Right Under Your Nose: YEAR 1 - HASS - Elaborate
When the power goes off, Big Cuz, Nanna, Little J and Old Dog go to the beach. They use bread to catch hermit crabs, which in turn are used to catch a ‘bluebone’ fish. Big Cuz learns how to fish, Nanna makes a fire to cook the fish, and Little J finds a large clam shell to take to school the next day.
Elaborate - Present narratives, information and findings in oral, graphic and written forms using simple terms to denote the passing of time and to describe direction and location
Theme - PLACE
Revisit Little J & Big Cuz, Episode 4 ‘Right Under Your Nose’, and concentrate students’ attention on the sea environment. Talk with students about their observations of the type of fish, crab and clam that Little J, Big Cuz, Nanna and Old Dog found on the beach. Each of the objects represent different ecosystems within the beach environment.
Divide the class into seven groups and have each group select a state of Australia which has a coastal environment.(As the ACT doesn’t have a coastal environment, it is not used here)
The group can view a map of the state or territory and decide on a (well-known) beach environment to investigate. Each member of the group should select a different geographical aspect to focus on and find information to contribute to the group project. The group should also develop an inquiry question/s to respond to, such as:
- Why is this place special to the Aboriginal peoples and/or Torres Strait Islander peoples?
- What are the different geographical features of this place?
- How can we care for this place?
- How have the features of this place changed over time?
Places with well-known coastlines include:
- The Great Australian Bight (SA)
- Eyre Peninsula (SA)
- Torres Strait Islands (Qld)
- The Great Barrier Reef (Qld)
- Tiwi Islands (NT)
- Casuarina Coastal Reserve (NT)
- Broome (WA)
- Monkey Mia (WA)
- King Island (Tas)
- Macquarie Harbour (Tas)
- Botany Bay (NSW)
- Byron Bay (NSW)
- Great Ocean Road (Vic)
- Wilson’s Promontory (Vic)
Geographical knowledge/concepts for students to include:
- a map of the coast and the location of the beach (including compass points and scale)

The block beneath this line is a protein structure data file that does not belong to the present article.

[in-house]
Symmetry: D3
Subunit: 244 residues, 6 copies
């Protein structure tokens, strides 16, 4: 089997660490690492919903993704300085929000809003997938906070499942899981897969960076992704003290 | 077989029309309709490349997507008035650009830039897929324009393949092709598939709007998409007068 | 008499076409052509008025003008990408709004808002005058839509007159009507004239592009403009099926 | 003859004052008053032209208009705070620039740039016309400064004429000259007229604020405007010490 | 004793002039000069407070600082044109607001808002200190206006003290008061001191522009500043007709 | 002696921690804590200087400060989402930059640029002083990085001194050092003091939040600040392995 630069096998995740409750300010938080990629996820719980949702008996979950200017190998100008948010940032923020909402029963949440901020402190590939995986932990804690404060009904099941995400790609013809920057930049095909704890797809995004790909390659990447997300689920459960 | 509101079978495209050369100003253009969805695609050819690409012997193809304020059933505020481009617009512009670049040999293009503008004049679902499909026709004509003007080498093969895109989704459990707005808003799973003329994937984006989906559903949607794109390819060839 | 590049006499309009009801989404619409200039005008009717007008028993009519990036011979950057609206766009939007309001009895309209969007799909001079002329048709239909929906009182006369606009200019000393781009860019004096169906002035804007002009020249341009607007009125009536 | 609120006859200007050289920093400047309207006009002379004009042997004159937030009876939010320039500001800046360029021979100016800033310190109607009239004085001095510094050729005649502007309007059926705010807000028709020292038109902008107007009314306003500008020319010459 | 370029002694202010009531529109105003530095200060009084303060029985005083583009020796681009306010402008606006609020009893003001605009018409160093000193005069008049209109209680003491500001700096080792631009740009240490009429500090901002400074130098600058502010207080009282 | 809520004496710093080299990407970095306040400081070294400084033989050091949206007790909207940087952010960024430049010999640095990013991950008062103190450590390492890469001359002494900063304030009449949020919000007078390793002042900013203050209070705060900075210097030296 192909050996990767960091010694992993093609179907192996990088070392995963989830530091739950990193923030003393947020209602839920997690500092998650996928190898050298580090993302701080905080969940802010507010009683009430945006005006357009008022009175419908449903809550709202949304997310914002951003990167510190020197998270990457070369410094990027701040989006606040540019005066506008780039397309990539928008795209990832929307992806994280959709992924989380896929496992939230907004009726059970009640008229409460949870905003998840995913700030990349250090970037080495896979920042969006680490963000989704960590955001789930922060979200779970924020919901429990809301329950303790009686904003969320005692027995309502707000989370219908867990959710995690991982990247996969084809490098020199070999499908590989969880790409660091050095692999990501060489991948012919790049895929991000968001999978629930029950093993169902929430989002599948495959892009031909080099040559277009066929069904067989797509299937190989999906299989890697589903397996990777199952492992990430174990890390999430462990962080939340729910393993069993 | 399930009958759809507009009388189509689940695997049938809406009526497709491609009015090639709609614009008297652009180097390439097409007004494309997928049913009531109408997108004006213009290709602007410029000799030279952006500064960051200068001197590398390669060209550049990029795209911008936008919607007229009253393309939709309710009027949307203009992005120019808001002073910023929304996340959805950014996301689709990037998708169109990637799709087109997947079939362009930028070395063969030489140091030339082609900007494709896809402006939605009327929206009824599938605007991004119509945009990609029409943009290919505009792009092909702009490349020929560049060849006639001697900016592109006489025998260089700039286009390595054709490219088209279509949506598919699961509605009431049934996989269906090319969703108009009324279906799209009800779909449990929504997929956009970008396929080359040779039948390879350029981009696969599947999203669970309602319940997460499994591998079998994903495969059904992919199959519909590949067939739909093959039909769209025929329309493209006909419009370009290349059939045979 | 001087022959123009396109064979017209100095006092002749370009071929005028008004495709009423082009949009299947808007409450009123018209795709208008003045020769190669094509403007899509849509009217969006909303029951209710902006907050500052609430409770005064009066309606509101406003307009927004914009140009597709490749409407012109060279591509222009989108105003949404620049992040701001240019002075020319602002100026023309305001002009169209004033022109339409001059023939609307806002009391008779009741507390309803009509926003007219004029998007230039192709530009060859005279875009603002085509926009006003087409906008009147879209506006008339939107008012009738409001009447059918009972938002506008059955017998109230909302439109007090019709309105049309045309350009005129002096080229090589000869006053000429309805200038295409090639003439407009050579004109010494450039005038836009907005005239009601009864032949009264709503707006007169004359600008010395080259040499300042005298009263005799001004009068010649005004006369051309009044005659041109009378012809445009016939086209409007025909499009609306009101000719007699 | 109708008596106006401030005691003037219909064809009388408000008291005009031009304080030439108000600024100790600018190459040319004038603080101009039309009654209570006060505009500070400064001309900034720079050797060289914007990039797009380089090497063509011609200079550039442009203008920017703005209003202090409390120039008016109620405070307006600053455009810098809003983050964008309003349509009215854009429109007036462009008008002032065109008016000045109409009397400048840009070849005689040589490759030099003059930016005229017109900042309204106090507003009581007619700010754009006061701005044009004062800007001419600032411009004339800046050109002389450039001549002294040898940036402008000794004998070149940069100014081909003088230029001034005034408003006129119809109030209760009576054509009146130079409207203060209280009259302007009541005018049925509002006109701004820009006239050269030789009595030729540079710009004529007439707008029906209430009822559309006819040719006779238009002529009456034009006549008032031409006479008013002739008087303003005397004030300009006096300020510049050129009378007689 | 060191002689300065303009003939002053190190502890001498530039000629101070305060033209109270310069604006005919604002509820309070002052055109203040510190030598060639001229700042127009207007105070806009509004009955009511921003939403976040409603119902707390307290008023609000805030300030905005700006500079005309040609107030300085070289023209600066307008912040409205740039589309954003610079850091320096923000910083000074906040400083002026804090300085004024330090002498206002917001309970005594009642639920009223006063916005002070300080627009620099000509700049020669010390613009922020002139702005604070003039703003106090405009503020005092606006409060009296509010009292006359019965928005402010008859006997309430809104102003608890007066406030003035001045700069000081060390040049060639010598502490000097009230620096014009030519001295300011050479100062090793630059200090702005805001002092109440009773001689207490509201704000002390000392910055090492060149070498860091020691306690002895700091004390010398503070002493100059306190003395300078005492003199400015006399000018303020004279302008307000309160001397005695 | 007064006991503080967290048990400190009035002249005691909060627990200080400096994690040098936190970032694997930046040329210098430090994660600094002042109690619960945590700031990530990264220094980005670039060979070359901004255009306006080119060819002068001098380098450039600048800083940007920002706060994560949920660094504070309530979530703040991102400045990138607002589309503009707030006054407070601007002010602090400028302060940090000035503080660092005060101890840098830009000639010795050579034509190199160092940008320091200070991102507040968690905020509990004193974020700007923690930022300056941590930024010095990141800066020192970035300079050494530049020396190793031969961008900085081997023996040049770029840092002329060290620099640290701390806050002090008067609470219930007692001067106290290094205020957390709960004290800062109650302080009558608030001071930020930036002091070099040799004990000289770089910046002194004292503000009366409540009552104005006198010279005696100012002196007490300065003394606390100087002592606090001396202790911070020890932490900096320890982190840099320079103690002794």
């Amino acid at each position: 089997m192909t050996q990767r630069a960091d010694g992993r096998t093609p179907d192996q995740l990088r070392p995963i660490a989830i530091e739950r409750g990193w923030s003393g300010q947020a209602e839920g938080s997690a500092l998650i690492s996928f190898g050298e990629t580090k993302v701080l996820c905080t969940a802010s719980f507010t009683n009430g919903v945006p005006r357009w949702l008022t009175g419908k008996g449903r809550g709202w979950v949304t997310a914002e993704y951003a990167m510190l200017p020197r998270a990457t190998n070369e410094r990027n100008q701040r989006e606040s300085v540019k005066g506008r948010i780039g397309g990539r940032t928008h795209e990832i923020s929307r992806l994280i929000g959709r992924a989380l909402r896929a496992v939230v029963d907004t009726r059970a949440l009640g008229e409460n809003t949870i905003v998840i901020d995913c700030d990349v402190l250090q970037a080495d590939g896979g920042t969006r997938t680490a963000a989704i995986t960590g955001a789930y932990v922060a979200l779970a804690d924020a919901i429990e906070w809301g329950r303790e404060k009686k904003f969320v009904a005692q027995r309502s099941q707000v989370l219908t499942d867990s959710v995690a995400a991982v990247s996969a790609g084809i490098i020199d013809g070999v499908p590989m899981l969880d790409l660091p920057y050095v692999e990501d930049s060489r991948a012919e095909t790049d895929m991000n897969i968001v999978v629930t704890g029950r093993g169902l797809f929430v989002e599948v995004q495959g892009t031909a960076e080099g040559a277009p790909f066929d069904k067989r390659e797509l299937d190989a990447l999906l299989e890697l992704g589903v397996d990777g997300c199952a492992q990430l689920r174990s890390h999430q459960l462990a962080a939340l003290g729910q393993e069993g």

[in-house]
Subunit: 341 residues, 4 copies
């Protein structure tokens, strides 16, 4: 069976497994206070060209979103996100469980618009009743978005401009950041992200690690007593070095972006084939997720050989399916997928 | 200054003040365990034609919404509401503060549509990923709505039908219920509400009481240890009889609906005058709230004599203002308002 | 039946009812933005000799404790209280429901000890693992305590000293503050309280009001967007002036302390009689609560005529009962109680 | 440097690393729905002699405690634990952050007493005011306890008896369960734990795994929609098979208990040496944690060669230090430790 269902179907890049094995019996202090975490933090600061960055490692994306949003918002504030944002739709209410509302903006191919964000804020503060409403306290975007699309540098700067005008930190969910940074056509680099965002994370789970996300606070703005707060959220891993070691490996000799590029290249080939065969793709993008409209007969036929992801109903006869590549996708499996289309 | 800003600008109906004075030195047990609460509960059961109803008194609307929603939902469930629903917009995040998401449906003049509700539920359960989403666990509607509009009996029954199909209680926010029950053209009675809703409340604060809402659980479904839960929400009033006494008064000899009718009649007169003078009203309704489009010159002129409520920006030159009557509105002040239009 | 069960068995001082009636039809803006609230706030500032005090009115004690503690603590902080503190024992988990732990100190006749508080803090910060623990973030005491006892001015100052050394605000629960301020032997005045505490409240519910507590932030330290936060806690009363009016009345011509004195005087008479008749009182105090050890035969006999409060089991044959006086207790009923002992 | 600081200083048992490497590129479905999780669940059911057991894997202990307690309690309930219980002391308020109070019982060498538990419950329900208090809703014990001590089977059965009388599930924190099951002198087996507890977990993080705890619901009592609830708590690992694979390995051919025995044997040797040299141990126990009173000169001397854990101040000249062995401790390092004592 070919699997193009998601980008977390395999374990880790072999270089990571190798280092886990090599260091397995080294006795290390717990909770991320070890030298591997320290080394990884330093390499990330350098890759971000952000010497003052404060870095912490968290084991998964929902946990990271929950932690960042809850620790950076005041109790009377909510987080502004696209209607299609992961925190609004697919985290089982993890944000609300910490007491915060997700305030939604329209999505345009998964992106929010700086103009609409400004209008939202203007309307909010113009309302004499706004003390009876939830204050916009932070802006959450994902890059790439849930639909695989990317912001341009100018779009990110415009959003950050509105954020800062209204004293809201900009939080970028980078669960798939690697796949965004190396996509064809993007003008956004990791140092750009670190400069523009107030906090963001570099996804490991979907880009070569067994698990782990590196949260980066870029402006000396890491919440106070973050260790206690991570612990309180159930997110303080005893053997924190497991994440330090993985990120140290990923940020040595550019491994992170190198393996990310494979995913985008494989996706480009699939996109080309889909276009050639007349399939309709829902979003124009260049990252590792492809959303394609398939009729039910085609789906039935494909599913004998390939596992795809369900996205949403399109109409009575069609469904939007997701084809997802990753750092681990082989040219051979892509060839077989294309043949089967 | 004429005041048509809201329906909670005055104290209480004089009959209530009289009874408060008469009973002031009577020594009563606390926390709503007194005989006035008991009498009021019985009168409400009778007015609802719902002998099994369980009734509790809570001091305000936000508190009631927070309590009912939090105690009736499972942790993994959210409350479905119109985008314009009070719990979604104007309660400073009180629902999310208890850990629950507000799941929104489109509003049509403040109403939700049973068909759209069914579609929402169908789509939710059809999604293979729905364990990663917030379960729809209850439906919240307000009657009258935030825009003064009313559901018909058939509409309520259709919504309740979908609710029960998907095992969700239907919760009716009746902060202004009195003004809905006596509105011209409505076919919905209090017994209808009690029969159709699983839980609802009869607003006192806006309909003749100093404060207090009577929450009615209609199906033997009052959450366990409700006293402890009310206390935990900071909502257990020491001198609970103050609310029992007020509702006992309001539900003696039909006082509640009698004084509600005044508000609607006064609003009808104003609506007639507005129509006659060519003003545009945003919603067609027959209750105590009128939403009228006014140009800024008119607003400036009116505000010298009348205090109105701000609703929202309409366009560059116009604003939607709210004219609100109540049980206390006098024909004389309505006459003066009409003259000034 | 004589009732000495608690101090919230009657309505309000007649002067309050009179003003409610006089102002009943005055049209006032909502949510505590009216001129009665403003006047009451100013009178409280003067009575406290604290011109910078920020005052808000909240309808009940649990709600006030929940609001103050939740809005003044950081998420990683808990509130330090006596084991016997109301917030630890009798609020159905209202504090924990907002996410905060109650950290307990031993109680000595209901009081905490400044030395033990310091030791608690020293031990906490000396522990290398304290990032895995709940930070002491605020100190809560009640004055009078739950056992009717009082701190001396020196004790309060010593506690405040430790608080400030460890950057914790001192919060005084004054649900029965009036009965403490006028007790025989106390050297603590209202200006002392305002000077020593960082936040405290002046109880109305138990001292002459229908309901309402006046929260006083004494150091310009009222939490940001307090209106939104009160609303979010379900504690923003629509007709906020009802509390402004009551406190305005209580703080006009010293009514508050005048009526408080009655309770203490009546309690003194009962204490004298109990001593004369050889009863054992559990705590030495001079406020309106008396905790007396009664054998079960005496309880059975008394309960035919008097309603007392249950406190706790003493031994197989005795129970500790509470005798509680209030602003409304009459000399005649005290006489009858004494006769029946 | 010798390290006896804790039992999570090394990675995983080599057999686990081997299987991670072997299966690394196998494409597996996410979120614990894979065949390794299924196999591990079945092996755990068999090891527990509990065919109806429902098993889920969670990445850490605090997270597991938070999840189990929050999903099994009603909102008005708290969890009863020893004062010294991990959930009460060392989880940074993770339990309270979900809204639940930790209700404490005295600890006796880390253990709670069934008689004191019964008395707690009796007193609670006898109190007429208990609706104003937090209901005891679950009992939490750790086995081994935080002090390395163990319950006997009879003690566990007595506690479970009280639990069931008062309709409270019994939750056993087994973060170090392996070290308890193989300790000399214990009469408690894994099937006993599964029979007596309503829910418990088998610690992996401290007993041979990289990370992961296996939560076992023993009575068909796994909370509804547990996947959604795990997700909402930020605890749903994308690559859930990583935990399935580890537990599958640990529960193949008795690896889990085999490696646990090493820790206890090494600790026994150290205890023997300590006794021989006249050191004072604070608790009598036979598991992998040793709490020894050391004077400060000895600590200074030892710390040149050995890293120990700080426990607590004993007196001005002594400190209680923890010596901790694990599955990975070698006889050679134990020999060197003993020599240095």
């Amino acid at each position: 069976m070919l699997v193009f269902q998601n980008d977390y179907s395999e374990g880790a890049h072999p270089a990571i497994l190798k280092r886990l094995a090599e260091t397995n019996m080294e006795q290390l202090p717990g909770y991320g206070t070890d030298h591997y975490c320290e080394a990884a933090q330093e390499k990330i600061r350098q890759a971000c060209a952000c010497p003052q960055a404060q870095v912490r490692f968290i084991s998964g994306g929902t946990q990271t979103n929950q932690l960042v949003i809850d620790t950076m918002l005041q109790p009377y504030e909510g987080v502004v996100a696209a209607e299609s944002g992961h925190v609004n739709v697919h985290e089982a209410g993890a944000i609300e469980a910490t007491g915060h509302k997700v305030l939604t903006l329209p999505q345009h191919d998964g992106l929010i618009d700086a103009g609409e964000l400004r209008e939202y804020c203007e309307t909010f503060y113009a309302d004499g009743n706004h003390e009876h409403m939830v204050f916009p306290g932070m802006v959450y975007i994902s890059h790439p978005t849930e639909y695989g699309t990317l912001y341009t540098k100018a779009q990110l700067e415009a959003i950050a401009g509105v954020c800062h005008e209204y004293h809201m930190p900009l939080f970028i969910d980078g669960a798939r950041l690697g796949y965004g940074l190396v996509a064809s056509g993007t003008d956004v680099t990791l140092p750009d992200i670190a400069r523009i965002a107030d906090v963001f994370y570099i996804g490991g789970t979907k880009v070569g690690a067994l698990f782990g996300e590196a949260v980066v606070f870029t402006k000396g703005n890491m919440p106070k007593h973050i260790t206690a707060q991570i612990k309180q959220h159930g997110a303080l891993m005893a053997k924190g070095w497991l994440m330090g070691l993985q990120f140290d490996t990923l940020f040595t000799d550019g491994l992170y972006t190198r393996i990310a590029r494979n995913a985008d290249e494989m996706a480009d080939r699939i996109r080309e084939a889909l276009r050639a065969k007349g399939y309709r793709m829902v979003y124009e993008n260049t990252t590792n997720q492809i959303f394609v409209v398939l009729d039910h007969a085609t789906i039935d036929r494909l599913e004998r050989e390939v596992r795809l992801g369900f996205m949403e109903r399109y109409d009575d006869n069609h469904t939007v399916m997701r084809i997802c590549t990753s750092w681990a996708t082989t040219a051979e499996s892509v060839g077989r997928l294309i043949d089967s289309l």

- the type of beach it is, including a cross-section with the names of the beach zones and sea levels
- details of marine, bird and animal life prevalent in the area, and any fishing industries
- the type of terrain surrounding the beach, and any change that has happened over time
- name of the local Aboriginal custodians and/or Torres Strait Islander custodians, and any stories associated with their totems relevant to the beach and/or sea
- reason/s why tourists would come to visit this beach and/or coast.
Access examples of the elaborate Dhari headdresses of Torres Strait Islander peoples, which celebrate various sea totems. In particular, show students the artwork of Ken Thaiday who designs contemporary headdresses to be worn in traditional dances. Explore the stories and meaning of the headdresses, particularly his totem, the shark
Examples of Dhari or Krar (headdress or mask) from the Torres Strait Islands:
- Crocodile Mask from the Torres Strait
- ‘Sugu Mawa’ (Octopus mask) artwork
- Aboriginal and Torres Strait Islander Cultures
Ask each group to design and construct their own headdress for the beach they have already investigated in the previous activity. Using found objects, particularly recycled ice cream containers, nets, fishing line, etc., construct the base of the headdress, and use modelling wire, pipe cleaners or cane to construct the extensions from which specific objects can be hung. Conduct a parade of the headdresses and have the student share their stories about their creations with the class.
To further engage with Torres Strait Islander culture, Invite students to play:
- Mystery Object: Torres Strait Islands, (Scootle: TLF ID L1954)